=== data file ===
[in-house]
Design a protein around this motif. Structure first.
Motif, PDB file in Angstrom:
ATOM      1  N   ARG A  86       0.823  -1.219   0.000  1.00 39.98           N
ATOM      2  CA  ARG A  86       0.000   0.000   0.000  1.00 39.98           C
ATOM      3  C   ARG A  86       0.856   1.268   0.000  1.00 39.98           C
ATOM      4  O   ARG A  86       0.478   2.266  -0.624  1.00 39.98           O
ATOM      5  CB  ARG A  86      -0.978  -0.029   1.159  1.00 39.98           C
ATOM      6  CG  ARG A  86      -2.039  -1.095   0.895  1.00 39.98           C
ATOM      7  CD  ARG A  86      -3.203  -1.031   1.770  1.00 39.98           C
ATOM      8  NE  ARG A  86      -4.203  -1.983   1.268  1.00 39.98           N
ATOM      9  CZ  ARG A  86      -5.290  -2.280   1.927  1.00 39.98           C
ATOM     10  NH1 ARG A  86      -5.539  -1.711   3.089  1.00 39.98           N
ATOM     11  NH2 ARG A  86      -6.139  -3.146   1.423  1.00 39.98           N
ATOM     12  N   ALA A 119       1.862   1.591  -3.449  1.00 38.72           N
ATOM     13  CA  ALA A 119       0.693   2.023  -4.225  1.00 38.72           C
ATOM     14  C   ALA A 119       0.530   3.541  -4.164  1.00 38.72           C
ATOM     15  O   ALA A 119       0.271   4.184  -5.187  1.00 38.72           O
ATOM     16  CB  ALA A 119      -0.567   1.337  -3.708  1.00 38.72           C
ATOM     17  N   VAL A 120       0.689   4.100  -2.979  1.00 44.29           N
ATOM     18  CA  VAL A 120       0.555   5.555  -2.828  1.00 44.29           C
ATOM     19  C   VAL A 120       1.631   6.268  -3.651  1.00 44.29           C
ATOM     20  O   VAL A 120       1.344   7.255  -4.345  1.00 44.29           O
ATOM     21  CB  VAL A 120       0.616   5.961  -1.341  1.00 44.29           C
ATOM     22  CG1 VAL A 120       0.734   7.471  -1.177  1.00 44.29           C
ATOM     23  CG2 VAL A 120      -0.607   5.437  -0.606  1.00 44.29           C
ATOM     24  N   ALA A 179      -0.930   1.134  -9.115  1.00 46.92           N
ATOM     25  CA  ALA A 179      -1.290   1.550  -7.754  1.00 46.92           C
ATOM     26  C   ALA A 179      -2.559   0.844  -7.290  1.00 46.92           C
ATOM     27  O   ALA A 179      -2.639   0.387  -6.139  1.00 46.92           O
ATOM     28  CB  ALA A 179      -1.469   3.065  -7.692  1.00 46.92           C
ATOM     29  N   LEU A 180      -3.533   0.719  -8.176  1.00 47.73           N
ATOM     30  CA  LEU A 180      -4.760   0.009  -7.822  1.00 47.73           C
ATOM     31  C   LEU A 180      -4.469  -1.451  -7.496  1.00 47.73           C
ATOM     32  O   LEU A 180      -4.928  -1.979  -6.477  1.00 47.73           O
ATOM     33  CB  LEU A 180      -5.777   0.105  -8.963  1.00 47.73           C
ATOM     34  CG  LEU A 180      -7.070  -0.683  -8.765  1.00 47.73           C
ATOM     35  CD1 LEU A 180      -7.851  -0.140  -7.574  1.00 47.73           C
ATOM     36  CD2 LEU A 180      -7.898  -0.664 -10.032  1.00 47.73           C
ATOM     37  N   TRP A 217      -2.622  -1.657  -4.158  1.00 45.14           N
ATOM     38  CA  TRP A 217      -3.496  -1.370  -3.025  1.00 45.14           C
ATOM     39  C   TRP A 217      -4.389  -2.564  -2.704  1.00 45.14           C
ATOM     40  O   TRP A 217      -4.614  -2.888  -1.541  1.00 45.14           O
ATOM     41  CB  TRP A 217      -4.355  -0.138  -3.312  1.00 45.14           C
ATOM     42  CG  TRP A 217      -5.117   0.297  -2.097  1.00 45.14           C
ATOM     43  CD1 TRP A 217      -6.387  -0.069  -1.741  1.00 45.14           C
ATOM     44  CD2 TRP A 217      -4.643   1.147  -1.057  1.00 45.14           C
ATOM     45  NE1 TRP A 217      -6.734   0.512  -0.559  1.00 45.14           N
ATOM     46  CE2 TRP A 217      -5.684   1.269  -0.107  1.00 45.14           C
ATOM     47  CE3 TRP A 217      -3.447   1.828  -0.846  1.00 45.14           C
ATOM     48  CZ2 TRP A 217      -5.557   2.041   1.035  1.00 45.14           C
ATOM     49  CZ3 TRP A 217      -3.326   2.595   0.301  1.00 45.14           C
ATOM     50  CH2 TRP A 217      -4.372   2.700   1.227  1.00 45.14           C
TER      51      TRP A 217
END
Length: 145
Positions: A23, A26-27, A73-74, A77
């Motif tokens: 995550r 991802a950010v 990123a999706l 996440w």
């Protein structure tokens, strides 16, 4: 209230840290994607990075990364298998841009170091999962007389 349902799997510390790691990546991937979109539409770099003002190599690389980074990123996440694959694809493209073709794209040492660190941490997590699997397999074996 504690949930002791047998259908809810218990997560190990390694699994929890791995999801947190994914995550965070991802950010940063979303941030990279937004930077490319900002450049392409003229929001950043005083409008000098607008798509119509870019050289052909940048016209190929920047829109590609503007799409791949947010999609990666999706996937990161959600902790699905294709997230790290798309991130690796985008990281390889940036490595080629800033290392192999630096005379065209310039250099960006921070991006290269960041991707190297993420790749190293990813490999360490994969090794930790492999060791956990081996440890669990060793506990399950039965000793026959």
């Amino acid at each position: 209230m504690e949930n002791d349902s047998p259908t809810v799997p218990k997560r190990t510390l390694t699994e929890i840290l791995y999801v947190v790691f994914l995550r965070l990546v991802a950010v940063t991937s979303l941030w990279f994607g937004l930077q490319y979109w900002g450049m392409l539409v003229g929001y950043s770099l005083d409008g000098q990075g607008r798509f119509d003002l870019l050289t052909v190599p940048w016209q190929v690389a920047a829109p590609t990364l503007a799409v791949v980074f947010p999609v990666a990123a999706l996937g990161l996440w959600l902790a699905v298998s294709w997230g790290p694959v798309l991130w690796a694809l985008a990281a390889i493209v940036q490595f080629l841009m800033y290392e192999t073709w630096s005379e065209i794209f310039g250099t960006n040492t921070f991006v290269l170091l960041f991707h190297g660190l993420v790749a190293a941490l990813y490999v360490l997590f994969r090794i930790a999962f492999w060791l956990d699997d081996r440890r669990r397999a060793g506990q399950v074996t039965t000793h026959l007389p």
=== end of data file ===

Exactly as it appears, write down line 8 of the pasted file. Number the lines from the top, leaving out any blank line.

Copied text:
ATOM      5  CB  ARG A  86      -0.978  -0.029   1.159  1.00 39.98           C